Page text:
Fiction and Drama
Tonight was SmackDown!
Once, maybe twice a month, if the money was flowing right, my parents got laced in their flyest gear to try to run the streets like they used to. By then they were pushing 60. Not old, but not young either. Growing up, the old heads I called aunts and uncles told me how they all used to party together three or four nights a week, and how my parents were the ringleaders.
That all changed when I was born, they said. My parents hit a quick one-eighty. Shifted their priorities. My arrival turned them into homebodies. Made them more comfortable in loose-fitting pajamas and lined house slippers than in sweat-drenched shirts and slick shoes that cramped their feet.
But every now and then, if my father finagled his way out of his Saturday morning shift delivering packages for FedEx, he’d stroll into our apartment on a Friday night, toss his keys on the table, lean his head past the doorframe to whichever room my mother was posted in and say, “We’re going out tonight.”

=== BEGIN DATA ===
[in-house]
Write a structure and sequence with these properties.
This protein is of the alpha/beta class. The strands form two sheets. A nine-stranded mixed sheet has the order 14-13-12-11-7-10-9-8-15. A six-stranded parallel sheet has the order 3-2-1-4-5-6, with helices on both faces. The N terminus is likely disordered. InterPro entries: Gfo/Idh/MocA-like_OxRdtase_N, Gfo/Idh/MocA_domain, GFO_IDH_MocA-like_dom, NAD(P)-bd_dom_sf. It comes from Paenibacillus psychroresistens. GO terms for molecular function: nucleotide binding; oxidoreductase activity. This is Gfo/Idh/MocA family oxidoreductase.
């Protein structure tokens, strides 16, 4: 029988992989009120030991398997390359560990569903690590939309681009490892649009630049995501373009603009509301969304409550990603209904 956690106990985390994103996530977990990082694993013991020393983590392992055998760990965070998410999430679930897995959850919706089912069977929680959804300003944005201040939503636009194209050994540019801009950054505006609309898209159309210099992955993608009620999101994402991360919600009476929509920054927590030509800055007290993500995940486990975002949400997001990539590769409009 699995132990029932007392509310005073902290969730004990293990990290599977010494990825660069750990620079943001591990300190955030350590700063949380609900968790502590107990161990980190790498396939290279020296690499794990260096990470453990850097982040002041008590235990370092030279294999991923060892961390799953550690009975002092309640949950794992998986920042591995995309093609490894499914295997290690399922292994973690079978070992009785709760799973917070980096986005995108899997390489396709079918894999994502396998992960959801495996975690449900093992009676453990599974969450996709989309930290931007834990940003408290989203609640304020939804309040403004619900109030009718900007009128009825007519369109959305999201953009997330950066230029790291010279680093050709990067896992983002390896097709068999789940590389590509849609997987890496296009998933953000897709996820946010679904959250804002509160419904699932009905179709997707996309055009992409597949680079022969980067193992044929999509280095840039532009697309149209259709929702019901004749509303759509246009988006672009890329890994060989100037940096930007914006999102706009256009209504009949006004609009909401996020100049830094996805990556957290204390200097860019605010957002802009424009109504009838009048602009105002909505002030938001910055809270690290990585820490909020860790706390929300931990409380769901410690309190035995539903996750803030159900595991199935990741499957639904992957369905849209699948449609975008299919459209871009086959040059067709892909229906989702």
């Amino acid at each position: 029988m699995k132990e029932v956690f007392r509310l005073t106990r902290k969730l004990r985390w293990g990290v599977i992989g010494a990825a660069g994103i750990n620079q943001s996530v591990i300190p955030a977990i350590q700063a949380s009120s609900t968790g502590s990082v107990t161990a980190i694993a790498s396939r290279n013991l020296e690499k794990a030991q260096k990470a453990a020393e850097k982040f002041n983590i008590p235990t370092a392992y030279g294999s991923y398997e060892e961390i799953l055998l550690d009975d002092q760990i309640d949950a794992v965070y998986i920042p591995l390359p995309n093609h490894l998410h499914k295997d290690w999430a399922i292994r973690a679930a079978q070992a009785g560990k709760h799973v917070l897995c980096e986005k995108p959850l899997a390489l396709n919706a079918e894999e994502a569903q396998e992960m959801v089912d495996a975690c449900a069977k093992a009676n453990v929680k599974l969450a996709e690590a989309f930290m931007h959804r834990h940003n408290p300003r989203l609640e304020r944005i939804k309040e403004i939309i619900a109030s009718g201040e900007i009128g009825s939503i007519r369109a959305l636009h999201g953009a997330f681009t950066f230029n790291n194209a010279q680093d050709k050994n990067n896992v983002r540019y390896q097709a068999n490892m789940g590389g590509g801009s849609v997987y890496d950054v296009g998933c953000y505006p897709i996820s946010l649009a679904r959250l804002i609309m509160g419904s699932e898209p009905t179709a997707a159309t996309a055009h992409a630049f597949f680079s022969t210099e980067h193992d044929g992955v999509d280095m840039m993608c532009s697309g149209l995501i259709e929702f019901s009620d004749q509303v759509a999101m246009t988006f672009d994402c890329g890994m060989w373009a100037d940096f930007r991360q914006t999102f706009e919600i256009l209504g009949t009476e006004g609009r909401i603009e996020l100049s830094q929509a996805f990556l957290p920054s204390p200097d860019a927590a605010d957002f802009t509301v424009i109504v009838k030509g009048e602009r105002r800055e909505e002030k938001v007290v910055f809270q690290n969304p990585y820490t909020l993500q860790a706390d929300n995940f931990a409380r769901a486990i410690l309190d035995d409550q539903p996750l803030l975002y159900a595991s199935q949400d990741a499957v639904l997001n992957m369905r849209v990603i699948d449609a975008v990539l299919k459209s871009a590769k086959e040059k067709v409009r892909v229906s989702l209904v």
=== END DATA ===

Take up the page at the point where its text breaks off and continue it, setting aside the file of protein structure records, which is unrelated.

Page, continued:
You’d think she’d find this sweet, the spontaneity of it. Like in those old-timey movies where the husband comes home to tell his wife to throw on her best clothes, they’re hitting the town, and the wife drops whatever she’s doing to turn on the stereo and put on her face in the bathroom, all while her husband admires her from behind, sways side to side, shadowing her tempo — both of them smiling at each other in the mirror.
But this was real life, and in my real-life home, my mother didn’t like surprises.
“You just telling me this now?” she said one night.
“I’m telling you when I could.”
“Phones don’t exist no more?”
“How you expect me to call when I’m on the truck?”
“You figure out a way to call when you wanna know what I’m making for dinner, don’t you? When you wanna complain? Talking ’bout, ‘Chicken again?’ As if you’re the one who does the grocery shopping after working, after cleaning, and after everything else I do.”
“So what you saying? You don’t wanna go out?”
“I didn’t say that.”
“Then say what you mean!” my father shouted, the only way he felt seen.
“Is yelling supposed to scare me?” My mother laughed.
“I’m not yelling. I’m — ” Here he paused, collected himself, took a deep breath. “I’m excited is all.”
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